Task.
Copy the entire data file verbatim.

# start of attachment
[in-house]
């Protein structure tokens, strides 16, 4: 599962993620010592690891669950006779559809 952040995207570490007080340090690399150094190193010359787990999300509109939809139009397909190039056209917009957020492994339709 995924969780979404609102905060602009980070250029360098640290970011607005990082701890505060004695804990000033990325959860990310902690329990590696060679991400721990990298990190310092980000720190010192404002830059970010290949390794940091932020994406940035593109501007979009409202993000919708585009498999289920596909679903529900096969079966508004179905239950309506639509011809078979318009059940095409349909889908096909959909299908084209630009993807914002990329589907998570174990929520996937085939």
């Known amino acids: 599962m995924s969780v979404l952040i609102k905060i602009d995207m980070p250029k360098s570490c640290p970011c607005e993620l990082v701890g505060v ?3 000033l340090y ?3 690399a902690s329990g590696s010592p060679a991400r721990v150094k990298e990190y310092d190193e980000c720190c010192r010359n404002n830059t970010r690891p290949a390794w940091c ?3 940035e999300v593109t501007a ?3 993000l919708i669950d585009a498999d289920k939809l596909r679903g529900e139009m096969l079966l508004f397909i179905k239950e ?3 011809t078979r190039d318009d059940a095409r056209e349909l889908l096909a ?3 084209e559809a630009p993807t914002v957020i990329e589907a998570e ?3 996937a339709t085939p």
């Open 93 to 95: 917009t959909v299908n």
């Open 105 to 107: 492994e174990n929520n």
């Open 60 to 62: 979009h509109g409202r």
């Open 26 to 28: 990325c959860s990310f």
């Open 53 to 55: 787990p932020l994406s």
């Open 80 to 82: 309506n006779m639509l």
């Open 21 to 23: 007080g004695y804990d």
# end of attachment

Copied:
[in-house]
């Protein structure tokens, strides 16, 4: 599962993620010592690891669950006779559809 952040995207570490007080340090690399150094190193010359787990999300509109939809139009397909190039056209917009957020492994339709 995924969780979404609102905060602009980070250029360098640290970011607005990082701890505060004695804990000033990325959860990310902690329990590696060679991400721990990298990190310092980000720190010192404002830059970010290949390794940091932020994406940035593109501007979009409202993000919708585009498999289920596909679903529900096969079966508004179905239950309506639509011809078979318009059940095409349909889908096909959909299908084209630009993807914002990329589907998570174990929520996937085939």
């Known amino acids: 599962m995924s969780v979404l952040i609102k905060i602009d995207m980070p250029k360098s570490c640290p970011c607005e993620l990082v701890g505060v ?3 000033l340090y ?3 690399a902690s329990g590696s010592p060679a991400r721990v150094k990298e990190y310092d190193e980000c720190c010192r010359n404002n830059t970010r690891p290949a390794w940091c ?3 940035e999300v593109t501007a ?3 993000l919708i669950d585009a498999d289920k939809l596909r679903g529900e139009m096969l079966l508004f397909i179905k239950e ?3 011809t078979r190039d318009d059940a095409r056209e349909l889908l096909a ?3 084209e559809a630009p993807t914002v957020i990329e589907a998570e ?3 996937a339709t085939p």
């Open 93 to 95: 917009t959909v299908n």
């Open 105 to 107: 492994e174990n929520n």
């Open 60 to 62: 979009h509109g409202r």
């Open 26 to 28: 990325c959860s990310f």
């Open 53 to 55: 787990p932020l994406s």
């Open 80 to 82: 309506n006779m639509l």
């Open 21 to 23: 007080g004695y804990d």